Jónasson nails the tone in what I like to call “cozy noir.” These are dark books, in terms of human nature, but they evoke this disturbing worldview without graphic violence or harsh language. If in fact Winterkill is the last readers see of Ari Thor, it’s a fitting conclusion to a powerful series from a writer who is one of the best in today’s crime fiction community…Ragnar Jónasson has always been an economical writer. His ability to convey complex emotions and situations in clear, concise language is a true gift. (FULL REVIEW)

From the Booking Desk

As usual, I separated out my favorite debuts of the year.

If the literary works of Stephen King, Gordon Merrick, and Joe R. Lansdale initiated a throuple relationship, the resulting ménage à trois might echo John Fram’s The Bright Lands…This is a novel that can be read on several levels. First and foremost, it is a crime novel with a compelling mystery at its core. But it can also be seen as a metaphor for a shared generational trauma linked to the gay experience. Sexuality oozes from every page of The Bright Lands – in all form and fashion, both celebratory and salacious. (FULL REVIEW)

Imagine, if you will, this Venn diagram: the murder mystery is a subset of crime fiction which is both a subset of literature and a subset of social commentary. Or perhaps this diagram: truth and lies are two distinctive sets of data that would seem to be mutually exclusive, but actually their interaction is often much more complex, sometimes overlapping to various degrees and maybe even, just possibly, acting as subsets of one another. As strange as it is to see mathematics discussed in a crime fiction review, this is vital to understanding the majesty of Alex Pavesi’s The Eighth Detective, one of the most unique and unforgettable novels of the season. (FULL REVIEW)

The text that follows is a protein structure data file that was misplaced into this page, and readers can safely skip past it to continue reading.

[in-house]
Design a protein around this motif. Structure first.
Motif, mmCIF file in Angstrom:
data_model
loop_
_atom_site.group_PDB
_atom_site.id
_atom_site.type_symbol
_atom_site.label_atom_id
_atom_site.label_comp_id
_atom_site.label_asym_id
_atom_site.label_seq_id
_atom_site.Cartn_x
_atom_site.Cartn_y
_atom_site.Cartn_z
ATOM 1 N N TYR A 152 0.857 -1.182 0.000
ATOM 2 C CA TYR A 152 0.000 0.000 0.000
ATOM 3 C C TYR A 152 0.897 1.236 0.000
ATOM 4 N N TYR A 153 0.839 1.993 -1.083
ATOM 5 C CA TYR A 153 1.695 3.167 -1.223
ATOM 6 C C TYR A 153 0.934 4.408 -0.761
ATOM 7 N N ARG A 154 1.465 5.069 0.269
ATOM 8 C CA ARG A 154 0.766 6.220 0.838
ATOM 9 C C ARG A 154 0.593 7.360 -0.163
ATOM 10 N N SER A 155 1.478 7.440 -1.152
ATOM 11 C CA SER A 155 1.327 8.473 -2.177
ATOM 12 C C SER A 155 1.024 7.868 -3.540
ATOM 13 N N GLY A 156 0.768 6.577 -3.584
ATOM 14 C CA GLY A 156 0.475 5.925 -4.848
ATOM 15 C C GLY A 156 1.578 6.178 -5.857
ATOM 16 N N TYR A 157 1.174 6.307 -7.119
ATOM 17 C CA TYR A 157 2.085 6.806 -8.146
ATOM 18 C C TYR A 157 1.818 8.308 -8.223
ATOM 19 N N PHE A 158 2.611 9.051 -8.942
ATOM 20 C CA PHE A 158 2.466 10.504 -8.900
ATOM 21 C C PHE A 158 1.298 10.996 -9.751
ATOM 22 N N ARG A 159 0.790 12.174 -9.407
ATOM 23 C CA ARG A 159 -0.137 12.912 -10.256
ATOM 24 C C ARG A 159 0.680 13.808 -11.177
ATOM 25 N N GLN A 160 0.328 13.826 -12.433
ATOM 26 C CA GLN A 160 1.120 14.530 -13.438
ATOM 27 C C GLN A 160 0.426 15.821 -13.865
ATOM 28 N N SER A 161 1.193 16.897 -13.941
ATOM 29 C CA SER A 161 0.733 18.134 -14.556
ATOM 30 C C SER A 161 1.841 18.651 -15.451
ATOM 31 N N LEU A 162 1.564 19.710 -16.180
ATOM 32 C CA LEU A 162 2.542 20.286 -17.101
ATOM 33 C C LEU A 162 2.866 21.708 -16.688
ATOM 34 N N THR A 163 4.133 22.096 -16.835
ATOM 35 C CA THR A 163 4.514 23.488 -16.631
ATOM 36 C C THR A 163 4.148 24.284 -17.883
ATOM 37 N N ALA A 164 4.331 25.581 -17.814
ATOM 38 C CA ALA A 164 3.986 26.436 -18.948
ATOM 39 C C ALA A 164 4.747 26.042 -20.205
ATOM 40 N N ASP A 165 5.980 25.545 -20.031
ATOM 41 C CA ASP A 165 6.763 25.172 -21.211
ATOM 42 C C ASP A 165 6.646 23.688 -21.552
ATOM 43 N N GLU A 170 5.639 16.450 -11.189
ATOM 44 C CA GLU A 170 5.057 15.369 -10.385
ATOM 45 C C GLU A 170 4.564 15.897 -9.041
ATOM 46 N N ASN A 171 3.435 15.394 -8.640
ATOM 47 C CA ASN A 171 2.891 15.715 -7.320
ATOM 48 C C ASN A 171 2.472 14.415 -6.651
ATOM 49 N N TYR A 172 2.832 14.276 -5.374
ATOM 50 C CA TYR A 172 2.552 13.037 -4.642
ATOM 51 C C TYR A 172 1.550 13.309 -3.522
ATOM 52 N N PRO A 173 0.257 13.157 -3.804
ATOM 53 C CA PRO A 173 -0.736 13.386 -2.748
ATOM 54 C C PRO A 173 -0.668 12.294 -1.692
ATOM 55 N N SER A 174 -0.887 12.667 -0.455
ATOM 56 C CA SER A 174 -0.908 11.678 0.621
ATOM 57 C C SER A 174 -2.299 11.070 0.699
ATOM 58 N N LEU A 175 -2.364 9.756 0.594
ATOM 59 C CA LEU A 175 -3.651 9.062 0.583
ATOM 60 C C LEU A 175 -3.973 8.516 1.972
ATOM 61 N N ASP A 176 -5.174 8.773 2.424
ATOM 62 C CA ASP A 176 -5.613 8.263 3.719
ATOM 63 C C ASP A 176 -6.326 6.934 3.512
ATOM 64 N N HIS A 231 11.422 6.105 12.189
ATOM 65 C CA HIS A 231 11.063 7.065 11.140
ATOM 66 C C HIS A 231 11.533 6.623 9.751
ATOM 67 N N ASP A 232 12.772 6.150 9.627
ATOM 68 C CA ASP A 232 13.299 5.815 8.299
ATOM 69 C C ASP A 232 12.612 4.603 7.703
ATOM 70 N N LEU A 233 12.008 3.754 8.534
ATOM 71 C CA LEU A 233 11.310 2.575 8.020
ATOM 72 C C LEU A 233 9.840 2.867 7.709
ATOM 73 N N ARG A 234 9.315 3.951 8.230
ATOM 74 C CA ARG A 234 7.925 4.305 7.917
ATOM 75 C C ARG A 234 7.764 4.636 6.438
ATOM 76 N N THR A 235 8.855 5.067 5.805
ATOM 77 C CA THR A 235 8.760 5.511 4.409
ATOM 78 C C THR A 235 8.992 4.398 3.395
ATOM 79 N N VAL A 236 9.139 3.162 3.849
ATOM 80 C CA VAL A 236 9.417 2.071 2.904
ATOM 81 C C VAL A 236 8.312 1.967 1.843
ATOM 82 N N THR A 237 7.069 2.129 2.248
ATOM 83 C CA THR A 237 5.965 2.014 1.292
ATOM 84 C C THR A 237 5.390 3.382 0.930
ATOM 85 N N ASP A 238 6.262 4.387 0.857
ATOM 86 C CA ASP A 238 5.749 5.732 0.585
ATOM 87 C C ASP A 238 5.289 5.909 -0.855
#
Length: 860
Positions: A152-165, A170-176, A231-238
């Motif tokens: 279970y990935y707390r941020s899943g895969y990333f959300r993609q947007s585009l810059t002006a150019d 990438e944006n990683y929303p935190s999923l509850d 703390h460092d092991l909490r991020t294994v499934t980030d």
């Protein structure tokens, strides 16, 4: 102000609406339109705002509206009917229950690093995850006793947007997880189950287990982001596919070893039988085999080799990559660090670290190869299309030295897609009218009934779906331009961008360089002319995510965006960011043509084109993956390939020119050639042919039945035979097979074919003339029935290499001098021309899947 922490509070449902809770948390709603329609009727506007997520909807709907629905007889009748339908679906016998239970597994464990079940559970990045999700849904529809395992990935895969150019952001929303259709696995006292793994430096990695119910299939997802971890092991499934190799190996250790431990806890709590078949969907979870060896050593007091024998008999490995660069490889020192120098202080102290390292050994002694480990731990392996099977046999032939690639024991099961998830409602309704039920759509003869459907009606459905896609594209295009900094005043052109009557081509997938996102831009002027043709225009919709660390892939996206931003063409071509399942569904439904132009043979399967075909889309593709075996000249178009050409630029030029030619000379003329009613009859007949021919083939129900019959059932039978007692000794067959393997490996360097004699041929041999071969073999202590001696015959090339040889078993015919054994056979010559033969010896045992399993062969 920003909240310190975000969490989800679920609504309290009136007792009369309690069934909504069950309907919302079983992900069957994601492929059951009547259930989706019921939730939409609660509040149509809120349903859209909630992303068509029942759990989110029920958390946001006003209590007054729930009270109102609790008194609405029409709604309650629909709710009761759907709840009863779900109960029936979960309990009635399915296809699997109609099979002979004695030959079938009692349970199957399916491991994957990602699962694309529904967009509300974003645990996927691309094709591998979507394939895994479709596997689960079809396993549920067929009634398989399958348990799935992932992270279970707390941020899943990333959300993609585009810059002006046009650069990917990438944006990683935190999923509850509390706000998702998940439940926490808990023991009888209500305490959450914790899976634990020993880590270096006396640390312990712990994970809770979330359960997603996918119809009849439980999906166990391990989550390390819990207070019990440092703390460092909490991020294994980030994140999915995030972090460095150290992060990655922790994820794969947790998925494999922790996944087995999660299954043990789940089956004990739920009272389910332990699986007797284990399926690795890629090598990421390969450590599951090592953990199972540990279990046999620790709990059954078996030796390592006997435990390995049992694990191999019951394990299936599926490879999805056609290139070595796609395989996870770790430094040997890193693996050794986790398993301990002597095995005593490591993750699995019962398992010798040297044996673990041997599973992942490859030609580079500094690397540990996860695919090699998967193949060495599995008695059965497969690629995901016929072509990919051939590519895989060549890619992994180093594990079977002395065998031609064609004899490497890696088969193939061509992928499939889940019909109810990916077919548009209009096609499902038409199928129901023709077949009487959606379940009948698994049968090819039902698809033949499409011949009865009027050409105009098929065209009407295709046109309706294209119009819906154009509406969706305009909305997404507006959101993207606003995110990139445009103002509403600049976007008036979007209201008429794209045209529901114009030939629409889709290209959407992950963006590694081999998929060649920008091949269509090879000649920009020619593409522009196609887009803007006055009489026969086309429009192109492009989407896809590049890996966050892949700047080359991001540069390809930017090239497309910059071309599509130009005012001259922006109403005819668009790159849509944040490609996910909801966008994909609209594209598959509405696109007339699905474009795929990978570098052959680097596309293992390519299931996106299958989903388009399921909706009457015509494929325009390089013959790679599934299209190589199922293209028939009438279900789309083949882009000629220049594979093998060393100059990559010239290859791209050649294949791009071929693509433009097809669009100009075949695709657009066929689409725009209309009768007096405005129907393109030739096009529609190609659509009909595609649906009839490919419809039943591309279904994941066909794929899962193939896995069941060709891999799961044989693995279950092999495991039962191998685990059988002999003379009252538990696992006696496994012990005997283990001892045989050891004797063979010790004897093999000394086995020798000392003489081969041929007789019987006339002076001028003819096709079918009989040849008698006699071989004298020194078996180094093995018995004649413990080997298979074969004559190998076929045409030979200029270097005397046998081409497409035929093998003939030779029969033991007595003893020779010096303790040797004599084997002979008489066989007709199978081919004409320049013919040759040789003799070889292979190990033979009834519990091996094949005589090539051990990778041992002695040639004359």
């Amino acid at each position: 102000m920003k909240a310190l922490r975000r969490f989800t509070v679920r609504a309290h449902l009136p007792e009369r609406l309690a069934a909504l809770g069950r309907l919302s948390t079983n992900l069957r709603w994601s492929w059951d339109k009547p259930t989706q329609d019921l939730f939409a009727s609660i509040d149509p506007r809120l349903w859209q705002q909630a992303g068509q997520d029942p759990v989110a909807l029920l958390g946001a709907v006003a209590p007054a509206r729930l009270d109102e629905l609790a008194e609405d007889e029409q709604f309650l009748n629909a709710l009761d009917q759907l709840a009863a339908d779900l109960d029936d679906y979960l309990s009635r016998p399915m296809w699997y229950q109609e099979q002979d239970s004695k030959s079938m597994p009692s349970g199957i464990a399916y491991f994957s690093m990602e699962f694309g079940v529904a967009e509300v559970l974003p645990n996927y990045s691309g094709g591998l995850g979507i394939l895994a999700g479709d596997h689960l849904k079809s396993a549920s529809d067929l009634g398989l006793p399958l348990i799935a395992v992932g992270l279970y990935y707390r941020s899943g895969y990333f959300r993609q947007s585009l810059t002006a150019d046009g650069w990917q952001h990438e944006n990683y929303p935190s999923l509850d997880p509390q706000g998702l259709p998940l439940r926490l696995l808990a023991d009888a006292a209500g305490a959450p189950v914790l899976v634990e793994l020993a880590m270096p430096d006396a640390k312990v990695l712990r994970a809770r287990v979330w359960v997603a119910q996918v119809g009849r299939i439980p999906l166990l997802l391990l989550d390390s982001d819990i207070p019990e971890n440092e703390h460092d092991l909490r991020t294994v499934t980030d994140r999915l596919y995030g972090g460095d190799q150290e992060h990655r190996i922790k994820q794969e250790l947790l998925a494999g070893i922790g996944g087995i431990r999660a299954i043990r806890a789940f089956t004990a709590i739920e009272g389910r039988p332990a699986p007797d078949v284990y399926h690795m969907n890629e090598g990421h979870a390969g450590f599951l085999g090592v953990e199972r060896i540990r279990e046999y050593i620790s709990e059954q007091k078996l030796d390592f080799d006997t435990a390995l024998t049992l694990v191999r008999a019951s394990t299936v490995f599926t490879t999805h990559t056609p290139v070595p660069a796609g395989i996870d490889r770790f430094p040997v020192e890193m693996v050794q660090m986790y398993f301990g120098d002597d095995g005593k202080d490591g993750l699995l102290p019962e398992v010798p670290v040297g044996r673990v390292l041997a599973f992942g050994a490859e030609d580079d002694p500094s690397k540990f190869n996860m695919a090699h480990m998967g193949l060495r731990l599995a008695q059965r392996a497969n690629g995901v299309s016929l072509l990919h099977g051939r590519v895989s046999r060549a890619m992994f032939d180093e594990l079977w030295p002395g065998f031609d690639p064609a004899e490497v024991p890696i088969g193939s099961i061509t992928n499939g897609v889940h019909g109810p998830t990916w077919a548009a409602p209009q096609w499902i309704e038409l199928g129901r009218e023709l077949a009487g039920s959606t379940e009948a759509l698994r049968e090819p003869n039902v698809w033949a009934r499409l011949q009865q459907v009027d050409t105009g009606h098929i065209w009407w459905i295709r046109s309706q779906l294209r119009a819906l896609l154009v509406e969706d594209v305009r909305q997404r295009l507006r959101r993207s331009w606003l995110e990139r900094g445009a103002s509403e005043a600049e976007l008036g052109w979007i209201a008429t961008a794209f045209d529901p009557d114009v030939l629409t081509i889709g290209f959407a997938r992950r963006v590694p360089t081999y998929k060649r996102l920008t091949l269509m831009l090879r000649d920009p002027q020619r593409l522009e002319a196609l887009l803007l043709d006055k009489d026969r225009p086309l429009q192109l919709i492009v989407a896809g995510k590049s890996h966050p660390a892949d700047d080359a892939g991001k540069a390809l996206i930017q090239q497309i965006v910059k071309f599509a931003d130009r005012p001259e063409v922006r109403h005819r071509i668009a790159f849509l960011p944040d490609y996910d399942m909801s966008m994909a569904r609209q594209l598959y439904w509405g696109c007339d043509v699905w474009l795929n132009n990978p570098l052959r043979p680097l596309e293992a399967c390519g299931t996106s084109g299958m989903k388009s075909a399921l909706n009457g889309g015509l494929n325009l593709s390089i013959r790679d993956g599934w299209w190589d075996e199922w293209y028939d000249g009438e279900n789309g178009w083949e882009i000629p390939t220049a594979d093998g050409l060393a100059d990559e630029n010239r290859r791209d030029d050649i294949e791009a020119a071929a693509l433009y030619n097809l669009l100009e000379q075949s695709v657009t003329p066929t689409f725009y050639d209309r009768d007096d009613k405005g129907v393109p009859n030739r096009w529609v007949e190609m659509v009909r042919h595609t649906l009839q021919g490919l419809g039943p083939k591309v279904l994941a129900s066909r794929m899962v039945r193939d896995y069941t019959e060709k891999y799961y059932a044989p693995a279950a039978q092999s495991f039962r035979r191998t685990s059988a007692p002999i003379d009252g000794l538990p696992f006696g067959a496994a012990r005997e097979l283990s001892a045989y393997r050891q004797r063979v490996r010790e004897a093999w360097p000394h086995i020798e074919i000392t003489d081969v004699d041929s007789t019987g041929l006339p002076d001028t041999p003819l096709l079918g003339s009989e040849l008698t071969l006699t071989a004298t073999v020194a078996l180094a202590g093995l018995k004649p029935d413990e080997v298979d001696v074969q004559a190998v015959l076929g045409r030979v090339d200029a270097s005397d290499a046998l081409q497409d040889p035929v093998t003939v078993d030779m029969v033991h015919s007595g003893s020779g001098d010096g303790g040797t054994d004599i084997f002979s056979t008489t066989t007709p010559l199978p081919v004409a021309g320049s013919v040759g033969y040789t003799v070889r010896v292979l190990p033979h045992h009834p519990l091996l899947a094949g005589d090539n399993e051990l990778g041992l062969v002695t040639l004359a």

In Virgil Wounded Horse, David Heska Wanbli Weiden has crafted an instantly-iconic crime fiction protagonist – an inherently good man, flawed and fractured, but always striving to do better, to be better, surrounded by a society that repeatedly undermines his self-confidence at every turn…His #ownvoices story of life on the reservation – where the addiction and corruption of the drug trade shatters the hopes and dreams of both individual and tribe – feels fresh in both its celebration of an under-represented people and in the incandescent prose Weiden uses to convey his tale. (FULL REVIEW)